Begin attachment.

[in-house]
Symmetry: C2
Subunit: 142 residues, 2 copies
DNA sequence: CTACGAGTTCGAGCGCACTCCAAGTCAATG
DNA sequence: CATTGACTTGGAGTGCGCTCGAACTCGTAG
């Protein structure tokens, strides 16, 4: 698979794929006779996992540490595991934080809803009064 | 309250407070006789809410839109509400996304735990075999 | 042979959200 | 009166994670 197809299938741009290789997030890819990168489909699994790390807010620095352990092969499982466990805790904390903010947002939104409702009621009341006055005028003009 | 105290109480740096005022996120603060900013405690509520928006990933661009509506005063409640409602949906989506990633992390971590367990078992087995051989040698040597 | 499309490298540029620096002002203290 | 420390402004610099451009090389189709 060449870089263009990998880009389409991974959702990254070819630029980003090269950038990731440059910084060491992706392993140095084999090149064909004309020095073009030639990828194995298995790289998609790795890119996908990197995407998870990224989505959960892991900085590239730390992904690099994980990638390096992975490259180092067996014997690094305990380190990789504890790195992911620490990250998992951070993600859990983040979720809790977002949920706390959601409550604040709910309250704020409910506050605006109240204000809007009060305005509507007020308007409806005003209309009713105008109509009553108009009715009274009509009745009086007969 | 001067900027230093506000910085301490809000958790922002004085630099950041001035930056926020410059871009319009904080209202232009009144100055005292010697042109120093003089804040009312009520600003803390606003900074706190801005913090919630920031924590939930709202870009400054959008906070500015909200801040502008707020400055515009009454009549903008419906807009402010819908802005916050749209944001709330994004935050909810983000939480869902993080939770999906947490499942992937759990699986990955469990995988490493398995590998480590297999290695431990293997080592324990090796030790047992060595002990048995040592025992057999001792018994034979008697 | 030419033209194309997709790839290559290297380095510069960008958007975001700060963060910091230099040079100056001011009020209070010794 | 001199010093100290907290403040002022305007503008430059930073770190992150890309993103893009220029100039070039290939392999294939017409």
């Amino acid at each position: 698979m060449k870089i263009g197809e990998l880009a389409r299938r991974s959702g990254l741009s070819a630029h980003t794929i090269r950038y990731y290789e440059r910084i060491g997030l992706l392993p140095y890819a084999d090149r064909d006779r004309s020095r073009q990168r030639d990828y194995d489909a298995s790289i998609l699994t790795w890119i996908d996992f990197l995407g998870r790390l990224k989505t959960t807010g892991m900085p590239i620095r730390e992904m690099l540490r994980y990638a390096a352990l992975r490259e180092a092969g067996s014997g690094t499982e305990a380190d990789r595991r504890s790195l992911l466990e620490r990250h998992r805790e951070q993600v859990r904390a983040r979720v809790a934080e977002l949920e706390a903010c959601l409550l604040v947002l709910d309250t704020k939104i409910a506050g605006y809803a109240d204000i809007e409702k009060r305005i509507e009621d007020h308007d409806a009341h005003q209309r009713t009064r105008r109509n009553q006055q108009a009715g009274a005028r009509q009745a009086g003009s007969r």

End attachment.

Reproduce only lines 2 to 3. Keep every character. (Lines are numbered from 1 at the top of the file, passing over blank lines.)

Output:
Symmetry: C2
Subunit: 142 residues, 2 copies